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'White Chicks' can, like, totally pull it off

The Wayans brothers' identity farce, gross-out humor and physical clowning muscle to the comedic forefront.

June 23, 2004|Kevin Thomas | Times Staff Writer

The rowdy "White Chicks" has Shawn and Marlon Wayans, handsome, buff and African American, passing themselves off as a pair of socialite sisters who seem rather clearly inspired by Paris and Nicky Hilton.

Thanks to the wizardry of special effects makeup artists Greg Cannom and Keith Vanderlaan, the Wayans brothers' transformation is amazingly convincing, if a little eerie. Their blond and blue-eyed Brittany and Tiffany Wilson are broad-shouldered and have awfully big hands for girls, but they pass, however clumsily. (Makeup techniques have come a long way since Godfrey Cambridge woke up to find himself a white bigot in Melvin Van Peebles' "Watermelon Man.")

Marcus and Kevin Copeland (Marlon and Shawn, respectively) are a pair of feckless FBI agents who have been assigned to escort Brittany (Maitland Ward) and Tiffany (Anne Dudek) from the airport to their hotel in the Hamptons. A plot to kidnap the sisters has been uncovered, and they have been placed under FBI protection. Spoiled and bratty, the sisters have flown in from Beverly Hills for the end of the social season in the Hamptons, where the women will vie with rivals to get their picture on the cover of Hamptons magazine, which to them is the most important thing in the world.

For The Record
Los Angeles Times Saturday June 26, 2004 Home Edition Main News Part A Page 2 National Desk 1 inches; 43 words Type of Material: Correction
"Watermelon Man" -- The review of "White Chicks" in Wednesday's Calendar section said that in the movie "Watermelon Man," Godfrey Cambridge woke up to find himself a white bigot. Actually, he went to sleep a white bigot and awakened as a black man.

The women have brought along their yippie little diamond-collared dog, which promptly causes a minor traffic accident on the way to the hotel. One sister has a small cut on her lip, the other a scratch on her nose. Although these injuries could easily be covered up, the women go into a major tizzy. They see no recourse but to hole up in a Manhattan luxury hotel suite; Marcus and Kevin see no recourse but to impersonate the sisters publicly if they are to have a prayer of saving their jobs. Luckily, they have a friend who is a gifted makeup artist.

Directed by Keenen Ivory Wayans and written by a clutch of Wayans brothers and others, "White Chicks" is off and running from frame one, and when Marcus and Kevin are in drag, it shifts into high gear as the guys in disguise improvise their way through the Hamptons' social whirls. The Wayanses understand that nowadays there's so much social mobility in the world of the filthy rich that it's scarcely worth trying to satirize, and instead they go for a classic assumed-identity farce.

The movie is full of calamities that allow the Wayans brothers to demonstrate their talent for physical comedy. Just 10 minutes short of two hours, "White Chicks" is awfully long for a comedy yet is remarkably well sustained, no small feat for farce.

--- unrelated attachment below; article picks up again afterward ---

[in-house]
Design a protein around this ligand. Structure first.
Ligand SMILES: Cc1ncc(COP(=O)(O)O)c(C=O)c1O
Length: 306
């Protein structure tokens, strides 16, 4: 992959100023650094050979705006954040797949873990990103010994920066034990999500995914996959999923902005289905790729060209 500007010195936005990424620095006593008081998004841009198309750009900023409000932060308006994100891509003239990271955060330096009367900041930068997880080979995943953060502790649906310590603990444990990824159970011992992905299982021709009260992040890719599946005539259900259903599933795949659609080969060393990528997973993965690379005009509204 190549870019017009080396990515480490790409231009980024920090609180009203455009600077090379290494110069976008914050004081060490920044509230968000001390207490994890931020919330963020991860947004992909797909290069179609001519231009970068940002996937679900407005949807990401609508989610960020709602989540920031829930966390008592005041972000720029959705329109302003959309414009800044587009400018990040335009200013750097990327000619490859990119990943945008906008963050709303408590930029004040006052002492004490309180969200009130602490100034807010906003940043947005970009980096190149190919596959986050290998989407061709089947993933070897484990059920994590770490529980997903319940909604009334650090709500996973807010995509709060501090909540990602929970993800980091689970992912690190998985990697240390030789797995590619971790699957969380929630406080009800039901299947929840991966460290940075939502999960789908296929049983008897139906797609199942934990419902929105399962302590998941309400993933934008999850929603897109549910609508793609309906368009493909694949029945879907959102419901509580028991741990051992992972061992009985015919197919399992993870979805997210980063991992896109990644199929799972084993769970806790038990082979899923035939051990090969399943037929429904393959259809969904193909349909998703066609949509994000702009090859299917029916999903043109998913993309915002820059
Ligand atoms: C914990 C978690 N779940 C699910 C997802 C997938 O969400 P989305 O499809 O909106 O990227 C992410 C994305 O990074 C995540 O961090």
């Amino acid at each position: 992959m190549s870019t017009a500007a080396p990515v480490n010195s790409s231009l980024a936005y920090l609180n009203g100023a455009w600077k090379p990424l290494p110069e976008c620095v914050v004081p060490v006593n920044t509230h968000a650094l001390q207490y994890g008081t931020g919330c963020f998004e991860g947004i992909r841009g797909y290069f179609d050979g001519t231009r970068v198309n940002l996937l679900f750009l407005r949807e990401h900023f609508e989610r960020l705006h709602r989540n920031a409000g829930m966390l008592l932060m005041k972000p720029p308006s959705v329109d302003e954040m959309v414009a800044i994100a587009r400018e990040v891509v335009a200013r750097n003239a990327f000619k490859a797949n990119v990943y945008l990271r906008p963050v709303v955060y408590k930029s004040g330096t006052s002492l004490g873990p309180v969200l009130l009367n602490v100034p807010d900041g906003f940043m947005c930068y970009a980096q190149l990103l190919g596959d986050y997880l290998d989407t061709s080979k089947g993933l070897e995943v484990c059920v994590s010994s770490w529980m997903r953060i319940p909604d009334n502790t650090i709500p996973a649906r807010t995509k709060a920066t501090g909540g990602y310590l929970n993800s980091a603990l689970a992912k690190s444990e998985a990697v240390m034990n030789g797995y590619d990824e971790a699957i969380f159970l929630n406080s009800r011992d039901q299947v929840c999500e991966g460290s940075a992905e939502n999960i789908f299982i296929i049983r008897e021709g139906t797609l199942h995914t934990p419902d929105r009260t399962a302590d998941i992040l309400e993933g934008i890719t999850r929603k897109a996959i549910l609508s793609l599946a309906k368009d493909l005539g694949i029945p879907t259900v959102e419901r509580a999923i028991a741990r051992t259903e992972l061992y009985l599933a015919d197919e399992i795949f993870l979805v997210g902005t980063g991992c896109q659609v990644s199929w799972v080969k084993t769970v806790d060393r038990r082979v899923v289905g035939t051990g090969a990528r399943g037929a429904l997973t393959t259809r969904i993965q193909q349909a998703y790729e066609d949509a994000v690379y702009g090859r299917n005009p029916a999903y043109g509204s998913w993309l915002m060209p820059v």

While Marcus is hounded by his suspicious wife, Gina (Faune Chambers), he also finds himself pursued by Darnell Johnson (Terry Crews), a muscular star athlete. Crews proves that California's governor is not the only bodybuilder-actor with a sense of humor, and his relentless romantic antics and Marcus' means of warding them off contribute some of the movie's funniest moments. (The Wayanses are not shy about indulging in gross-out humor, but they bring a lighter touch to it than most.)

The faux Wilson sisters are instantly latched upon by three pals, Karen (Busy Philipps), Lisa (Jennifer Carpenter) and Tori (Jessica Cauffiel), from whom Marcus and Kevin not only pick up pointers about hair, makeup and clothes but discover how vulnerable women can be when they strive for perfection in appearance and set their sights on a particular man. The Wayanses could easily have poked fun at these three, but they instead treat them with compassion.

"White Chicks" looks great and moves well, and along with the versatile and easygoing Shawn and Marlon Wayans and Crews, Philipps and Carpenter make strong impressions amid a large cast that includes John Heard as the aristocratic villain. Even if it lingers a bit too long, "White Chicks" represents a solid accomplishment for the crowd-pleasing Wayans brothers.


'White Chicks'

MPAA rating: PG-13 for crude and sexual humor, language and some drug use.

Times guidelines: The film's raunchy elements are fairly mild, and most parents would be likely to find the film acceptable for children.

Shawn Wayans... Kevin Copeland

Marlon Wayans...Marcus Copeland

Terry Crews...Darnell Johnson

Busy Philipps...Karen

Faune Chambers...Gina Copeland

A Columbia Pictures release of a Revolution Studios presentation of a Wayans Bros. Production. Director Keenen Ivory Wayans. Producers Keenen Ivory Wayans, Shawn Wayans, Marlon Wayans, Rick Alvarez, Lee R. Mayes. Screenplay by Keenen Ivory Wayans & Shawn Wayans & Marlon Wayans & Andy McElfresh & Michael Anthony Snowden & Xavier Cook; from a story by Keenen Ivory Wayans & Shawn Wayans & Marlon Wayans. Cinematorgapher Steven Bernstein. Editor Jeff Gourson. Music Teddy Castellucci. Makeup effects created by Greg Cannom and Keith Vanderlaan. Costumes Jori Woodman. Production designer Paul J. Peters. Art director Eric Norlin. Set decorator Dominique Fauquet-Lemaitre.

Running time: 1 hour, 50 minutes.

In general release.

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